For smaller greenhouses, it is possible to have a local handyman set one up with instructions from you (or the Internet).
Licenses and Permits for a Greenhouse
In general, it doesn’t require much in the way of formalities to set up a greenhouse. You should absolutely confirm with local authorities first, however, because it can be very costly to fix these mistakes after the fact.
Want more information about the costs assocaited with building and running a greenhouse? Then read this.
In most cases, a standard greenhouse is what’s called “an accessory building.” It falls into the category of sheds and other such structures that are permanent. A “portable greenhouse” – which is probably actually a coldframe – wouldn’t be subject to these regulations.
Here are the two things you need to check: zoning regulations and building codes. Check your local zoning department to see if there’s a limit on the number of accessory buildings you can have, or house close to lot lines they can be. After that, contact the county building department to see what the regulations are in relation to structural integrity and appearance. This is mostly a factor in urban or suburban areas since many rural counties have very little regulation on accessory buildings.
I’ll say it again: Do this before you buy a greenhouse. Make sure the one you want conforms to the requirements of your locality.
How to Set Up a Greenhouse
Setting up a greenhouse is half the fun and practically 100% of the work. Short of paying someone else to do it, it’s guaranteed to be a laborious process.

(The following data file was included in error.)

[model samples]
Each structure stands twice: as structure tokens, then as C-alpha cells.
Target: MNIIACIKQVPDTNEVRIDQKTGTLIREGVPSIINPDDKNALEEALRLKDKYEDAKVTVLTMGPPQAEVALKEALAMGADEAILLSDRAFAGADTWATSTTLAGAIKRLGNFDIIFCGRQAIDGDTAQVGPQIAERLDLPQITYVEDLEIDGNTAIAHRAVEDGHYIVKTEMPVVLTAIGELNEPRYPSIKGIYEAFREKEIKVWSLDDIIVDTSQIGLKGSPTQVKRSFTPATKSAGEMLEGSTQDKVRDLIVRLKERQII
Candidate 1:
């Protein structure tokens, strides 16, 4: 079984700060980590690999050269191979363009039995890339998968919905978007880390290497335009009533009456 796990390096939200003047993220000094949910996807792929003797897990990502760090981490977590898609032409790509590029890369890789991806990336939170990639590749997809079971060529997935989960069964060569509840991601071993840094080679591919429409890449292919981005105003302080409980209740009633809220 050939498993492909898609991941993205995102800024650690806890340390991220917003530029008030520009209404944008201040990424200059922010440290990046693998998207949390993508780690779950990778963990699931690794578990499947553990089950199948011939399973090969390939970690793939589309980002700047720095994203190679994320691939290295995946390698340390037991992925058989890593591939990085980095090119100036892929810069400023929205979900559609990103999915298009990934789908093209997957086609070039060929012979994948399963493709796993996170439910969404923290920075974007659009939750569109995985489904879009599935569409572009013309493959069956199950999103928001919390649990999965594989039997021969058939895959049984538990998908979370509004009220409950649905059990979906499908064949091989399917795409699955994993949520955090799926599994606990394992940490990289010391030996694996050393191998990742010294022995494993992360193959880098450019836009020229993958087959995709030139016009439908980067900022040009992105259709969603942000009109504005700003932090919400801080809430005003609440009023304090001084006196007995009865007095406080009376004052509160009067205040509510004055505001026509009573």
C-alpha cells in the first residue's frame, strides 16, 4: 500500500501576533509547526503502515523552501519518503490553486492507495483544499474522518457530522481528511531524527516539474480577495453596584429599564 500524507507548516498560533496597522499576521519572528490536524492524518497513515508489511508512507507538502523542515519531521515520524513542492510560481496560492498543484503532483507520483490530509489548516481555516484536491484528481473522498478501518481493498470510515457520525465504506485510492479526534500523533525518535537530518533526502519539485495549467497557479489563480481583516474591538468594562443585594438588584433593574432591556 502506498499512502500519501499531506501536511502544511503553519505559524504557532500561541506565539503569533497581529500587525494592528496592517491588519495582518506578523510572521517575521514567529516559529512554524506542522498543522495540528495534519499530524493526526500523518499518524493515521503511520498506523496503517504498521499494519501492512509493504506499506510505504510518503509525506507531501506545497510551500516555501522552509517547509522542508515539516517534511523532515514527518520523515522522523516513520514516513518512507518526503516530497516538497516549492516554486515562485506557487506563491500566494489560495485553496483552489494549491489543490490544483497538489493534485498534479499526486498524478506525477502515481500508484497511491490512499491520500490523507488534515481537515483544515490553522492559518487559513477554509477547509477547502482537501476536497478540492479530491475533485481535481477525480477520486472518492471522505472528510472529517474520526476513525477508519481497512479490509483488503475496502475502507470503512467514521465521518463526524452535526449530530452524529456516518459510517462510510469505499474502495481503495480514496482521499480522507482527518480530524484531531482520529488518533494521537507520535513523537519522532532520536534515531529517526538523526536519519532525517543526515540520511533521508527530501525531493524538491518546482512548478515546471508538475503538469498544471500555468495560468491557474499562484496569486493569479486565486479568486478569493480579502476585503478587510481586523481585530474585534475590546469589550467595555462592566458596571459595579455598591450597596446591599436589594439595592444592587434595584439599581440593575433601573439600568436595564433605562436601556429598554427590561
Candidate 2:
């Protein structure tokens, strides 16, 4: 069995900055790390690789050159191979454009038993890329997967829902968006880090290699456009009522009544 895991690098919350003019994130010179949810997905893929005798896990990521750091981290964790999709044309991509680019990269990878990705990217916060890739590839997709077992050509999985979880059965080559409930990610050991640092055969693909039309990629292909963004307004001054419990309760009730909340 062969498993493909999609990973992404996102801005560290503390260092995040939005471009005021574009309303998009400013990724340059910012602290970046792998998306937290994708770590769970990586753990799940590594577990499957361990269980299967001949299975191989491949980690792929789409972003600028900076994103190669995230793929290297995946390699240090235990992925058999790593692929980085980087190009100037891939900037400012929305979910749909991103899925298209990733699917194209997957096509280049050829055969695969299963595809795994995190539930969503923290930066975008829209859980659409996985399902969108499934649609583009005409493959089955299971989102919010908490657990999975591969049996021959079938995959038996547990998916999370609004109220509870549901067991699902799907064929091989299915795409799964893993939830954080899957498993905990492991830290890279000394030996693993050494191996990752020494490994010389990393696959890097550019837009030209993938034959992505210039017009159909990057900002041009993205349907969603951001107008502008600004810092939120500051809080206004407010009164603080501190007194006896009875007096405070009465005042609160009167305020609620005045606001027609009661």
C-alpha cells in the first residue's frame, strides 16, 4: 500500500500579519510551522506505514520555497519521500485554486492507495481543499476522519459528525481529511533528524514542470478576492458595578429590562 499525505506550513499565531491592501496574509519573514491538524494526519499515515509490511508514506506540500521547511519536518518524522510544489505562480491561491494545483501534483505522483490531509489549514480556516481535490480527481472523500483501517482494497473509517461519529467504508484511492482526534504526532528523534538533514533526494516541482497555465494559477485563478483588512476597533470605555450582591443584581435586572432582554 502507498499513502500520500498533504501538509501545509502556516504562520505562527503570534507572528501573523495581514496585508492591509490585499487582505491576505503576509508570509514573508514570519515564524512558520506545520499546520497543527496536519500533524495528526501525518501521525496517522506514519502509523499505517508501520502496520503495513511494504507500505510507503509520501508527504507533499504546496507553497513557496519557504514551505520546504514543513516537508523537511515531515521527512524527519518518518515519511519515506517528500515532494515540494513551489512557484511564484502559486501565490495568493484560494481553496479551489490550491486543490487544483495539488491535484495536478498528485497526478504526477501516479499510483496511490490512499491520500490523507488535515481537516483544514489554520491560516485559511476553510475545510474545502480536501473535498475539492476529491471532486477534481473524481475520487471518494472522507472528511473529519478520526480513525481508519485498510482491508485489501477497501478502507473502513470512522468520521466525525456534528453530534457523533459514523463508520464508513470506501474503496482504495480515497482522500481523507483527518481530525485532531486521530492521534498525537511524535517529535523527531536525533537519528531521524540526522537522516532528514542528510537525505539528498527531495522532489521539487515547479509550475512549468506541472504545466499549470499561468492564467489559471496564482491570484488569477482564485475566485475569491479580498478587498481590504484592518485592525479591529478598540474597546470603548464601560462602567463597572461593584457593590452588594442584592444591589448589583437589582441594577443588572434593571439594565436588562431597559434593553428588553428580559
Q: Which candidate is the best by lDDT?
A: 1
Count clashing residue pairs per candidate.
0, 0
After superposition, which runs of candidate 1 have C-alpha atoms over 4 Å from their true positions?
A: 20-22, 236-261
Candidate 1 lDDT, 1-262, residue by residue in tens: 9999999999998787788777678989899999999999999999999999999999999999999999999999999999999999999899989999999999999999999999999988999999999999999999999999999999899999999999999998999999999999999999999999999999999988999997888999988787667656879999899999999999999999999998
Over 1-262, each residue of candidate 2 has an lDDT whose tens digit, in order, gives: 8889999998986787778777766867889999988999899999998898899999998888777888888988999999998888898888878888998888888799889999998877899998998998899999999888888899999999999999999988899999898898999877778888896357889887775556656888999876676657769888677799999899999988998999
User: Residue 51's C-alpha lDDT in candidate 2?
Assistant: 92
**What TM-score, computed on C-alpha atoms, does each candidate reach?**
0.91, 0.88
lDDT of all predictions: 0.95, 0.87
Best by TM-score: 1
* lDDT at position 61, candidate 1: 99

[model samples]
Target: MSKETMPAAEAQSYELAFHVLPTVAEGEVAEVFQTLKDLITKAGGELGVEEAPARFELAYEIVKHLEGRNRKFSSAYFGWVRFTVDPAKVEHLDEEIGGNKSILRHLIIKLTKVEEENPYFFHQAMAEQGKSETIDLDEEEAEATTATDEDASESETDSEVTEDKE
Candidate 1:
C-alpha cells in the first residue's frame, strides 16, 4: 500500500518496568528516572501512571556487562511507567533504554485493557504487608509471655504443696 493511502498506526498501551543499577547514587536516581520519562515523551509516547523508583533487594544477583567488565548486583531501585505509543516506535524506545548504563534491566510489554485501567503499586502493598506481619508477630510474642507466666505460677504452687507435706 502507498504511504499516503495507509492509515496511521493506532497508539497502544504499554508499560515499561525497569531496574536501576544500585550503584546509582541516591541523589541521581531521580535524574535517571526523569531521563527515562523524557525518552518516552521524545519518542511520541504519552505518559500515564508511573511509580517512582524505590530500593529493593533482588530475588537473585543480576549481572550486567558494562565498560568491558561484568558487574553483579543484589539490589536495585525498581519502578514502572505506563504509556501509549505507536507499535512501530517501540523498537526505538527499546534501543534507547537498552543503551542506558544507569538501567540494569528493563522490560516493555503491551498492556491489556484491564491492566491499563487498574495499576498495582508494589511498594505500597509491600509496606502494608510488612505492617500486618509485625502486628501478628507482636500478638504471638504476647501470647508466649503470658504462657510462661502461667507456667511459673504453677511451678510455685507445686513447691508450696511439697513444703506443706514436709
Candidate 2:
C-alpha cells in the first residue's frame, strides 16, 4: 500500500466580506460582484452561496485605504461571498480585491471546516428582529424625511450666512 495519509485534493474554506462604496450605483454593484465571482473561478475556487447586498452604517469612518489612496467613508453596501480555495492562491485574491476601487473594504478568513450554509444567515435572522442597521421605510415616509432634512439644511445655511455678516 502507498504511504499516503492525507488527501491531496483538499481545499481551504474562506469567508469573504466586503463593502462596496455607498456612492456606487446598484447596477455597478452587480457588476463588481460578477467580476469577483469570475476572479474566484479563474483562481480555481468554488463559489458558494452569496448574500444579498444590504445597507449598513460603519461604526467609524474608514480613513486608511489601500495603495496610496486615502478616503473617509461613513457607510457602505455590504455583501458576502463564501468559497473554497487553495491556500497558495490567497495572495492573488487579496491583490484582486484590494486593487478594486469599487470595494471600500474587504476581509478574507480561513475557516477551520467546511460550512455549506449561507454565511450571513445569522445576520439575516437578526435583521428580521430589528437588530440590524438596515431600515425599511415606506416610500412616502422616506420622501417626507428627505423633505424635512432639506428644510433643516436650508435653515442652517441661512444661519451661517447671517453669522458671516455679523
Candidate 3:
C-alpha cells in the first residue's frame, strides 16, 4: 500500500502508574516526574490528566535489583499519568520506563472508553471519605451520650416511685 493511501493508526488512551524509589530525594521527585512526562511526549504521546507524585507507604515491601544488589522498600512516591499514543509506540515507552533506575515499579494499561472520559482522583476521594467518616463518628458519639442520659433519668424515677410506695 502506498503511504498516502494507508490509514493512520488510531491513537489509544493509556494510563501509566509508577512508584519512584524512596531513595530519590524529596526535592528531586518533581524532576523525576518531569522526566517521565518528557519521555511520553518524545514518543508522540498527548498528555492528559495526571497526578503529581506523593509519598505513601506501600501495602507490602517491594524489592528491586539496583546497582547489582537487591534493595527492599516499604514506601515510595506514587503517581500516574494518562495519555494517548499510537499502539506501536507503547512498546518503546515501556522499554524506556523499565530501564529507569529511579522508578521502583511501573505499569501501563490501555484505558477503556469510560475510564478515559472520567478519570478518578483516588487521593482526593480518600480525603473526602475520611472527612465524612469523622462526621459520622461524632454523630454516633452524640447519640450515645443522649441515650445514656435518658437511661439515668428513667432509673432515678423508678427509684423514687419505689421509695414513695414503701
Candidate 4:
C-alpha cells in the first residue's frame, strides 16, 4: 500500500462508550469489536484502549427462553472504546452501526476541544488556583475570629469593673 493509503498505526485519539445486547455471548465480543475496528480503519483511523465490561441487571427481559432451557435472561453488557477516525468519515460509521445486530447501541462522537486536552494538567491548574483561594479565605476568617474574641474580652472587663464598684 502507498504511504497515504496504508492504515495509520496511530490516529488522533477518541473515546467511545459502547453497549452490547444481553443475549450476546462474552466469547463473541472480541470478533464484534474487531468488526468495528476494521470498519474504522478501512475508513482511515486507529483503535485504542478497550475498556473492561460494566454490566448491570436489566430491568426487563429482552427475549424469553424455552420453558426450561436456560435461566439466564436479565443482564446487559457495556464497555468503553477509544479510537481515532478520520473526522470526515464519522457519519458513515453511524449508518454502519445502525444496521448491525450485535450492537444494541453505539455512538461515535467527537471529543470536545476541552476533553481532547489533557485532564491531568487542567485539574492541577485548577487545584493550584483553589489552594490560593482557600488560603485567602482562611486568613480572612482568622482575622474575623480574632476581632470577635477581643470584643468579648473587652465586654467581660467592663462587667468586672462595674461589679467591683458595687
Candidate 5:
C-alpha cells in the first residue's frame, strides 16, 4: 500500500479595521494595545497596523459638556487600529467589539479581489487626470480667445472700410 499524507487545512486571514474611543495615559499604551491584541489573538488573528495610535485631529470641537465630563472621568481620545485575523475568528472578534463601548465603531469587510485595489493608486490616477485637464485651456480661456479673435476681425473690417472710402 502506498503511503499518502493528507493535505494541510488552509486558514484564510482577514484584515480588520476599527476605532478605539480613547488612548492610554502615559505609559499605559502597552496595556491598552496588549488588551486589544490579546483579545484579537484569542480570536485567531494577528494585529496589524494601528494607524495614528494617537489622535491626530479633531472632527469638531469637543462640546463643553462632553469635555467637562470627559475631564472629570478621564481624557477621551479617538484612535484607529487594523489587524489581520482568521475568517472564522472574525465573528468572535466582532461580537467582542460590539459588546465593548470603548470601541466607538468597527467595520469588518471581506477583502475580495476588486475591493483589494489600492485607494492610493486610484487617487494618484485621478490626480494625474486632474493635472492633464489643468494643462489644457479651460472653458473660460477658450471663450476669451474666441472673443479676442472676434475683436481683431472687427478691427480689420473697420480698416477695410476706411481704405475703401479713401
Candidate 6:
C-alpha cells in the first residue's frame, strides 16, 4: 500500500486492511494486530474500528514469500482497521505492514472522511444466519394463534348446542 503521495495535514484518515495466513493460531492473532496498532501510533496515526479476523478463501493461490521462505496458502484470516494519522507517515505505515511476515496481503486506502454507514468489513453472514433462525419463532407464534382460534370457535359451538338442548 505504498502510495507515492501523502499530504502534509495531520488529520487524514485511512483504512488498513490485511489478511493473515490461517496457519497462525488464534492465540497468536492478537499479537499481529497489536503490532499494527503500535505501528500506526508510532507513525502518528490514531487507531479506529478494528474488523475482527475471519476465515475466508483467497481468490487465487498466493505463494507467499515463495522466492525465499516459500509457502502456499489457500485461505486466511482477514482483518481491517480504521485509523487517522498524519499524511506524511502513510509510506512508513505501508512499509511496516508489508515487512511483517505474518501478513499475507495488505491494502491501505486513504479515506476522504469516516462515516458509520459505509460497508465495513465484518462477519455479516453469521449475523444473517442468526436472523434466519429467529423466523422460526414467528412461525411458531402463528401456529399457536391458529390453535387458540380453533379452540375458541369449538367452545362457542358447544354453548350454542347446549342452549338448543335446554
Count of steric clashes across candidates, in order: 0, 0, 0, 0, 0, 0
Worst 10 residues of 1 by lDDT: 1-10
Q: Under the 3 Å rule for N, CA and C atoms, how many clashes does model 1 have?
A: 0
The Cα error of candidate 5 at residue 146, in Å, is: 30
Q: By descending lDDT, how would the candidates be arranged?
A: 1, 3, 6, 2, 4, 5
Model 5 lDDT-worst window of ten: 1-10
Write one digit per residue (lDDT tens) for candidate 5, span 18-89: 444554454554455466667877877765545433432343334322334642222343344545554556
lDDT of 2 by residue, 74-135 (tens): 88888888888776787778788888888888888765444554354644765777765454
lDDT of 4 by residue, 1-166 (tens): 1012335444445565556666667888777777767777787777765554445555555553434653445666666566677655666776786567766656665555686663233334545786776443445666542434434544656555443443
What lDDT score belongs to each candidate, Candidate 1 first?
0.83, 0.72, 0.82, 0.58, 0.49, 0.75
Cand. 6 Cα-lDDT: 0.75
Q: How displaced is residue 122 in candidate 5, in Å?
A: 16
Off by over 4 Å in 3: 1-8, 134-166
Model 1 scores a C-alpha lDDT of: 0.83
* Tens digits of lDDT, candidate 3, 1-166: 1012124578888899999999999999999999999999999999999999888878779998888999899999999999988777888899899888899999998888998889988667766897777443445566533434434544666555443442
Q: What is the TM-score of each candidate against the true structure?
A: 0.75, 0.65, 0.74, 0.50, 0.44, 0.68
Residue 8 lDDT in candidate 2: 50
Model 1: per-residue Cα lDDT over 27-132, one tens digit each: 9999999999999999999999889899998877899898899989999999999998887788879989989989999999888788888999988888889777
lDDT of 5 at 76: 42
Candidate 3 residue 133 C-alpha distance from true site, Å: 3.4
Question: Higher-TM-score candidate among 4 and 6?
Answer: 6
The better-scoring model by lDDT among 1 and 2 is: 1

Still, that makes it all the more satisfying when finished!
Ideal Greenhouse Location
Before you buy a greenhouse, you need to decide where it will go. It sounds like common sense, but you’d be surprised how many people skip that crucial step.
Choosing where to put your greenhouse can be complicated. There are several considerations:
- Is there enough light?
- A greenhouse needs to be in the sun, of course! It’s easy to control the amount of light inside the greenhouse – you can use shade cloths or layer your plants, but without ample light from the outside, you’ll need to supplement it with grow lights.
- Ensure the location gets sun year-round. Is it sunny now because it’s autumn and all the leaves fell off the big oak nearby? Will the sun reach this spot during the winter when it changes its trajectory across the sky? Are there any buildings nearby that will cast shade?
- Place an object in the proposed greenhouse location and monitor it throughout the day to be sure it always remains in full sun.
- Is the ground flat?
- Flat ground is vital for the long-term health of your greenhouse – and the plants inside of it! An off-level greenhouse will have different amounts of sunlight in different places, making plant care more difficult. It could also cause water to pool in unexpected areas instead of draining as you planned.
- The foundation of a greenhouse needs to be level, otherwise, it will distribute stress disproportionately around the frame of the structure. Long-term that can mean damage like sagging. Even in the short term, a heavy storm or bad weather could cause the greenhouse to buckle when it normally could withstand the pressure.
- Is there drainage for water?
- Some greenhouses have packed-earth floors, others have wood slats, and still others have a concrete foundation. Each method has its pros and cons, but it’s vital that no matter which flooring you choose you are sure to include adequate drainage, otherwise you risk water damage to the structure (and an icky, swampy greenhouse).